Landscape Initiatives Target Natural Resource Concerns in Virginia
Photos by: (left to right) Lynda Richardson, Barbara
Bowen (NRCS), and Jeff Nadler.
From the Blue Ridge Mountains to the Chesapeake Bay, Virginia and neighboring states face environmental and natural resource challenges. USDA’s Natural Resources Conservation Service (NRCS) has adopted a progressive landscape approach to address pressing natural resource concerns — strategically investing federal funds and leveraging partner resources across state lines to implement aggressive conservation practices.
In Virginia, this strategy has resulted in better opportunities for agricultural producers to reduce nutrient and sediment runoff from fields while maintaining or improving production levels, as well as restoring wildlife habitat.
Chesapeake Bay Watershed Initiative (CBWI) - NRCS is working with more than 20 partners to focus resources in the Shenandoah Valley, home to about 46 percent of Virginia’s dairies and 75 percent of its poultry operations. In fiscal year (FY) 2012, NRCS worked with landowners in the high-density animal production region to install 48 waste storage facilities and apply nutrient management practices on 31,307 acres under CBWI.
Two Cooperative Conservation Partnership Initiatives and 11 Conservation Innovation Grant multi-year projects are leading landowners to install practices that will significantly improve Bay water quality. Nine completed projects with the Chesapeake Bay Foundation have resulted in nearly four miles of stream exclusion fencing and other projects are helping to reduce phosphorous emissions, improve no-till practices, and implement more precision agriculture, nutrient management and large animal mortality systems.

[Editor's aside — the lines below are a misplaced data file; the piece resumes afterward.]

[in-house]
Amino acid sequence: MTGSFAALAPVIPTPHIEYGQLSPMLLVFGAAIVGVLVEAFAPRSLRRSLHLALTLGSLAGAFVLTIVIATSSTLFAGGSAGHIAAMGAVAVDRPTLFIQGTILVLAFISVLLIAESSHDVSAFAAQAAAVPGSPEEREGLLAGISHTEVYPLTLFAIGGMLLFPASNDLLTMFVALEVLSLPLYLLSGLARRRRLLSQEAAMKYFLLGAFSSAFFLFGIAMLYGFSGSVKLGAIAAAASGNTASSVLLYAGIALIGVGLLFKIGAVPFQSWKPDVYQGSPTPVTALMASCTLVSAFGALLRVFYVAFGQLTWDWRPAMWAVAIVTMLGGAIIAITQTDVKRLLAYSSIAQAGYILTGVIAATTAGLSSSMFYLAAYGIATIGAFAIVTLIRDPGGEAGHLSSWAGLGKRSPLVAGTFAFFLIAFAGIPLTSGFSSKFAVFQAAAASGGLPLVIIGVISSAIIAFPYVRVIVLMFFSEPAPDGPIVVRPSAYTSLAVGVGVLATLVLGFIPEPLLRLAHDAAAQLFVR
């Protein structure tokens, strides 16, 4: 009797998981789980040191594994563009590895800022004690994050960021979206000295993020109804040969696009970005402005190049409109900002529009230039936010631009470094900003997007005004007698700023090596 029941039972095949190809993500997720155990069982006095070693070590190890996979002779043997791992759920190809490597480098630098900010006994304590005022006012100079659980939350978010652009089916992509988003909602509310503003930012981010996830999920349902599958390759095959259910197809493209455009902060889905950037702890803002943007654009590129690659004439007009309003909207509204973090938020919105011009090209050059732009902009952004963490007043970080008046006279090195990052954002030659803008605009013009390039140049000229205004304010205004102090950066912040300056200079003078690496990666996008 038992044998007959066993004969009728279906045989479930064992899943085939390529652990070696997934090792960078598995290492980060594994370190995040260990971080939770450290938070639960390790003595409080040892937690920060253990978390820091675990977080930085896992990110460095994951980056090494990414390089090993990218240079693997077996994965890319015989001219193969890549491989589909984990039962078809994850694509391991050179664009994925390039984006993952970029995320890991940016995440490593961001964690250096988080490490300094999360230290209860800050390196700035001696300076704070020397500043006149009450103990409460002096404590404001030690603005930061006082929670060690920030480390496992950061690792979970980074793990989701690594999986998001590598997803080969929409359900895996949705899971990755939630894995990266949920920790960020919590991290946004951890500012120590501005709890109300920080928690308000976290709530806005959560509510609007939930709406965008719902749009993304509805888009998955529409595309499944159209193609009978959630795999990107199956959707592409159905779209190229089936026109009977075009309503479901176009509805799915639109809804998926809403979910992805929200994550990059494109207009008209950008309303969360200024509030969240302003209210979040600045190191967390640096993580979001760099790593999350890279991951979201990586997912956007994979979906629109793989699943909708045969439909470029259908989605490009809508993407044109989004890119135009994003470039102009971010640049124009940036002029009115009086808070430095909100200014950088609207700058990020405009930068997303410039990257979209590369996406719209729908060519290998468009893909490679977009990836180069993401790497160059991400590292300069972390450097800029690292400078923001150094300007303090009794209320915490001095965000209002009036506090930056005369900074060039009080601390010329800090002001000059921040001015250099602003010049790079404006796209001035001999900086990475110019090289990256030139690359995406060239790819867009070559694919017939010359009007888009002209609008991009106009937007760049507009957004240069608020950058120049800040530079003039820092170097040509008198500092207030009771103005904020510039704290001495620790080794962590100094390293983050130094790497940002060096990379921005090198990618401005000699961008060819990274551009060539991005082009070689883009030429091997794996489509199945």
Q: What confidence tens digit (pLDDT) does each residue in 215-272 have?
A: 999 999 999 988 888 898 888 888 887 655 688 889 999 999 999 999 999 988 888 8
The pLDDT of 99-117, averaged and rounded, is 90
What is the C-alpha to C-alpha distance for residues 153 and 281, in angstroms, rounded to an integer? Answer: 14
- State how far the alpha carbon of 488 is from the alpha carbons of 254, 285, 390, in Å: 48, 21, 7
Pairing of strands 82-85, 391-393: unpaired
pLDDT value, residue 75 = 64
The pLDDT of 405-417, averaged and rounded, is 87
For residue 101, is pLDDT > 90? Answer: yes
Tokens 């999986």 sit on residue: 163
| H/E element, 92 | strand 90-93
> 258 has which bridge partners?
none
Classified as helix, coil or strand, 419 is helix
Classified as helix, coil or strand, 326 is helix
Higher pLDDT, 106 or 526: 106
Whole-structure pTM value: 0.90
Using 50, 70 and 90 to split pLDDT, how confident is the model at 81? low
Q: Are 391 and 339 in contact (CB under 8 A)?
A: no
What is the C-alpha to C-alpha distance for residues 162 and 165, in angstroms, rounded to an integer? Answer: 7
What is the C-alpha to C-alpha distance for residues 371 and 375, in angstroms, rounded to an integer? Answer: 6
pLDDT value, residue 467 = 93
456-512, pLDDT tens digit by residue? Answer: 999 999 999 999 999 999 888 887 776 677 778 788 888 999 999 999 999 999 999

Working Lands for Wildlife (WLWF) - The WLWF is a new partnership initiative to help manage and restore habitat for seven at-risk species. Virginia is part of a 10-state focus area for the golden-winged warbler. In the first year of this initiative, Virginia has approved nine contracts for 55 acres of brush management, 52 acres of conservation cover, 25 acres of prescribed burning, five acres of field border, and 15 acres of tree/shrub planting to restore golden-winged warbler habitat.
Longleaf Pine Initiative (LPI ) - NRCS and its conservation partners in nine states are helping private landowners improve the sustainability and profitability of Longleaf pine forest ecosystems. Longleaf pine forests represent some of the world’s most biologically diverse ecosystems. The Longleaf pine ecosystem provides critical habitat for 29 threatened and endangered species. Important conservation practices such as forest stand improvement, prescribed burning, restoration and management of rare or declining habitats, and tree/shrub establishment improve forests’ health.